Union Theatre

Reviewed – 18th May 2019

★★★

 

“Told in music and verse by the victims and culprits; the heroes and the cowards; the innocent and the culpable, the stories are heartfelt”

 

Originally titled “Quilt”, this is less a song cycle but more of a poetry reading inspired by the NAMES Project AIDS Memorial Quilt, conceived in 1985 in San Francisco to commemorate the lives lost in the AIDS pandemic. With book and lyrics by Bill Russell and music by Janet Hood it attempts to show some of the sadness and horror that unfurled during the 1980s, but moreover the sense of community, hope and human spirit that always emerges from adversity. Which is what this outing at the Union Theatre brings to the fore. The impressive, sixteen-strong cast inject just the right amount of humour in order to quell the anger, and the result is a celebration rather than a rant.

Director Bryan Hodgson has set the production at the Memorial Quilt (which has since moved from San Francisco to Washington) and has the cast add their own panel to the tapestry on Justin Williams’ simple but effective square-box set as they each tell their story, so at the end of the show we have the full picture. It is a neat, personal touch that, while obviously not matching the scale, reflects the ongoing ideology. The Quilt itself is the largest piece of community art in the world, with each of the panels the size and dimension of a grave. Still growing, it receives at least one extra quilt panel per day.

Like the Quilt, this is a piece that lends itself to continued revision and, as was pointed out in the final rather ‘happy-clappy’ closing moments of the show, the aftermath is still with us. Until that moment, the richness of the evening was intact, held together by the rich thread of the vignettes. Told in music and verse by the victims and culprits; the heroes and the cowards; the innocent and the culpable, the stories are heartfelt. To slip into a kind of evangelism slightly spoils the effect. It is always a challenge to get the balance right with this sort of theatre, where the message is as important as the means.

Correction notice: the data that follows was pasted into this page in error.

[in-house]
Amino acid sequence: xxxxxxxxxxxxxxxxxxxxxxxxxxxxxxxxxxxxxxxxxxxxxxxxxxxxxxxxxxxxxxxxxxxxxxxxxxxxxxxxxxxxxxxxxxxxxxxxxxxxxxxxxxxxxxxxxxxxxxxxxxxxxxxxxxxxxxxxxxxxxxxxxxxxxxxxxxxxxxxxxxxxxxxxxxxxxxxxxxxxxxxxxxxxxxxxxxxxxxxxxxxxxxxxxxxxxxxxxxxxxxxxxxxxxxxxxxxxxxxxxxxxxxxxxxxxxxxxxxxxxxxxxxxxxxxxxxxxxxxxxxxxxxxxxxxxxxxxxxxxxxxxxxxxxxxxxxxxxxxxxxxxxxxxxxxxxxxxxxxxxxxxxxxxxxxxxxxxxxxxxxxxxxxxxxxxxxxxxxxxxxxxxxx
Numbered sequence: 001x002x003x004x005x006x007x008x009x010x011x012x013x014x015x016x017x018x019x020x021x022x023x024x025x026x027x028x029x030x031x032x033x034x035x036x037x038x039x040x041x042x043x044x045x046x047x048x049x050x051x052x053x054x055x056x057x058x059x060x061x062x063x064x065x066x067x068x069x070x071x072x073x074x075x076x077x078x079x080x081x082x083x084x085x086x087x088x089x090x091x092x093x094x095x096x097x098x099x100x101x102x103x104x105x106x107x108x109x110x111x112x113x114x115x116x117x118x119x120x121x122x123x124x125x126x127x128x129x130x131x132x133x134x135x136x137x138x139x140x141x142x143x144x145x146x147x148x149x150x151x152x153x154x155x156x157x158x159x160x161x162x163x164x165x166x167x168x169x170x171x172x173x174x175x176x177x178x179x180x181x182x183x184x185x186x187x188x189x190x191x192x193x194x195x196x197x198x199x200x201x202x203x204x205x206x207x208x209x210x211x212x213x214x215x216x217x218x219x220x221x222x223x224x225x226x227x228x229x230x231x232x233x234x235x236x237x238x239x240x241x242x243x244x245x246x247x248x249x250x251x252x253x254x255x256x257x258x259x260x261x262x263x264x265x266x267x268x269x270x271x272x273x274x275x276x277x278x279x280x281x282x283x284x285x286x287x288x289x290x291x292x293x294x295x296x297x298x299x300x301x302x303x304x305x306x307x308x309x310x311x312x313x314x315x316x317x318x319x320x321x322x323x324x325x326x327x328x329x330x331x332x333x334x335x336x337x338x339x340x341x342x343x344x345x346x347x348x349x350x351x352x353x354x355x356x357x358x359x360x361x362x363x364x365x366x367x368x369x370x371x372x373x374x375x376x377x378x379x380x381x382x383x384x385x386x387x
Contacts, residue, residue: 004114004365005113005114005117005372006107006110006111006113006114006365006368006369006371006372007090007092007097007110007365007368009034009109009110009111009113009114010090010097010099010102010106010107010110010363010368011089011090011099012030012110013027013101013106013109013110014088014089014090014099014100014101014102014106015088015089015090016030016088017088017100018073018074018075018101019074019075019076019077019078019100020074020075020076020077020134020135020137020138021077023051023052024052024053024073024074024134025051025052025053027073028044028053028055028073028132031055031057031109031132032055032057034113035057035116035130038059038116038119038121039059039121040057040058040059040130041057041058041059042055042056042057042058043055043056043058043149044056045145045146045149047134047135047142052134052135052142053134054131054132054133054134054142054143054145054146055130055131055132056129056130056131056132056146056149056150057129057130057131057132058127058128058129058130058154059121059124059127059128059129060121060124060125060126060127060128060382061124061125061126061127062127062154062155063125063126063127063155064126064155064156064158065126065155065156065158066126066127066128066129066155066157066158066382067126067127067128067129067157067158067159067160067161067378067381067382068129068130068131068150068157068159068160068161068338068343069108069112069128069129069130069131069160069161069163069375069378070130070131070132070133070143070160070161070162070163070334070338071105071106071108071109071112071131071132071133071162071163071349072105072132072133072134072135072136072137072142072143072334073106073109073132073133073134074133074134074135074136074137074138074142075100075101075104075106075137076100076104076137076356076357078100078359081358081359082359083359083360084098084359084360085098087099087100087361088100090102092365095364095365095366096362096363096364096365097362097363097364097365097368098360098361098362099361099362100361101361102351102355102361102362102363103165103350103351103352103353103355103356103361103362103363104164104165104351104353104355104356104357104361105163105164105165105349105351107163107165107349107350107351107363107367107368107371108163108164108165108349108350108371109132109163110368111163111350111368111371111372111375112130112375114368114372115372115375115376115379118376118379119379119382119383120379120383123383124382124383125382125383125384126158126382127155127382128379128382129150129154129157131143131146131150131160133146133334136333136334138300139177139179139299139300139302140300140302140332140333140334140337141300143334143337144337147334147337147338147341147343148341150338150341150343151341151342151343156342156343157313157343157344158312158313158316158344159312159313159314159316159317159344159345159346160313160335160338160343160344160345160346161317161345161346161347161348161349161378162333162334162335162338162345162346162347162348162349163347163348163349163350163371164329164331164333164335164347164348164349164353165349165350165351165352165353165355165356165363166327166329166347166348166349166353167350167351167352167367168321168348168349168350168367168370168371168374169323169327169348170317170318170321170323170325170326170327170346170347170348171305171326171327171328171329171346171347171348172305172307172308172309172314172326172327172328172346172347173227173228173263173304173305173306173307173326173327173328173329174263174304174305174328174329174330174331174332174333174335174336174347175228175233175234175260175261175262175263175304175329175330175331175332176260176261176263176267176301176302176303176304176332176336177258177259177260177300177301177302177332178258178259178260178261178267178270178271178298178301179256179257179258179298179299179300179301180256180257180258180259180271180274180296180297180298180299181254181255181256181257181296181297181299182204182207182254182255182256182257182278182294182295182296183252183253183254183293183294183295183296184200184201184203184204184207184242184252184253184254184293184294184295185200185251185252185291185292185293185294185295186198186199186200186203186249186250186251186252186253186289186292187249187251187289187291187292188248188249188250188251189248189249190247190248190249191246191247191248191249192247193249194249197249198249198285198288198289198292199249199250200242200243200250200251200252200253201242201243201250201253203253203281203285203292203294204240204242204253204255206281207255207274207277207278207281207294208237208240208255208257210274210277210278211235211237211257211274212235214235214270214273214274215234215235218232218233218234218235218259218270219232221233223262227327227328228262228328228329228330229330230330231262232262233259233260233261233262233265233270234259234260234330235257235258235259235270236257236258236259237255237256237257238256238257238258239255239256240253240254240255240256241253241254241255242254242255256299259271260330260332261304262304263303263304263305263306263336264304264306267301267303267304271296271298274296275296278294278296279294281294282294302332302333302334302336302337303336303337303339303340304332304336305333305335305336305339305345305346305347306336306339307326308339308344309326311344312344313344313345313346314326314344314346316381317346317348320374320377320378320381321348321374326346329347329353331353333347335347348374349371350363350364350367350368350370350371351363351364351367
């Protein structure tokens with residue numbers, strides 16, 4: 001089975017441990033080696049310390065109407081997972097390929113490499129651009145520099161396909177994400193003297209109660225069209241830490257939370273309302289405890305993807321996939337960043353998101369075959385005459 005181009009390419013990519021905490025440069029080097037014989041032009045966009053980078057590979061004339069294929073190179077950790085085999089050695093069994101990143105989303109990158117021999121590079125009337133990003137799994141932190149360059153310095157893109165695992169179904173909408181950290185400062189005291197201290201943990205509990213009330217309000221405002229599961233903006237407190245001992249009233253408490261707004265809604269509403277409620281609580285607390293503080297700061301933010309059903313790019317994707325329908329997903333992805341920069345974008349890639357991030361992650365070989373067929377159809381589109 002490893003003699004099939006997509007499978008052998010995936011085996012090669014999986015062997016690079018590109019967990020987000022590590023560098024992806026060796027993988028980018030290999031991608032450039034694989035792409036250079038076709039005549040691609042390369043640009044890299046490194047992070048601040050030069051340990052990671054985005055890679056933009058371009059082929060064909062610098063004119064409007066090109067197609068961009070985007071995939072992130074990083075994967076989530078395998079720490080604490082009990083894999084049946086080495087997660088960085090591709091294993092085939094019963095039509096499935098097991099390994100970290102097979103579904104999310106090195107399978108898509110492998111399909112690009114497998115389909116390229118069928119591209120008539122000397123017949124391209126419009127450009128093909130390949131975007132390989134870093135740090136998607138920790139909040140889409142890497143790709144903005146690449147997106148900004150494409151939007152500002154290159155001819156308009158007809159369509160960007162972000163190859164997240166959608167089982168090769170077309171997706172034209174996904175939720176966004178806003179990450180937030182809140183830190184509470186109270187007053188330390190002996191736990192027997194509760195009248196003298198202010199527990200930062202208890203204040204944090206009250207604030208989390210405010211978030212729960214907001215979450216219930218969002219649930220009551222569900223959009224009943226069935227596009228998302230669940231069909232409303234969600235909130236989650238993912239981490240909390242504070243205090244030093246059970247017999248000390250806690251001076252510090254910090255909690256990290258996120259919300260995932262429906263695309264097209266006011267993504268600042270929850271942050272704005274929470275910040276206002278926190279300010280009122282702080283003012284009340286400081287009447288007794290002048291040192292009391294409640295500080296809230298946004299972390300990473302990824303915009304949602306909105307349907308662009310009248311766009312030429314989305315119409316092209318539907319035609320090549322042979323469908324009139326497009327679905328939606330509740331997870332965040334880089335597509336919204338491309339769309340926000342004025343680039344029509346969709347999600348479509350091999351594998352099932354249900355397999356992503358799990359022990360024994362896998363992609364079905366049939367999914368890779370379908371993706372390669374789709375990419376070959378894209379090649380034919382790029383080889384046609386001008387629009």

The cast members are all skilled hands at this balancing act; measuring out the moments of comedy with the right blend of darkness, and knowing when to ask us to take things seriously or whether just to delight us with a skilled offhand observation. Sometimes the sincerity of the performances were at odds with the slick, stylised lighting (Alex Musgrave) and sound design (Henry Brennan), but the commitment of the actors outshone these quibbles, and their belief in the material manages to rescue the show when it steers too close to sentimentality.

After all, they are here to celebrate, not mourn. And Elegies for Angels, Punks and Raging Queens at the Union does just that.

 

Reviewed by Jonathan Evans

Photography by Mark Senior PR

 


Elegies for Angels, Punks and Raging Queens

Union Theatre until 8th June

 

Last ten shows reviewed at this venue:
Twang!! | ★★★★ | April 2018
H.R.Haitch | ★★★★ | May 2018
It’s Only Life | ★★★★ | June 2018
Around the World in Eighty Days | ★★★ | August 2018
Midnight | ★★★★★ | September 2018
Brass | ★★★★ | November 2018
Striking 12 | ★★★★ | December 2018
An Enemy of the People | ★★ | January 2019
Can-Can! | ★★★★ | February 2019
Othello | ★★★★ | March 2019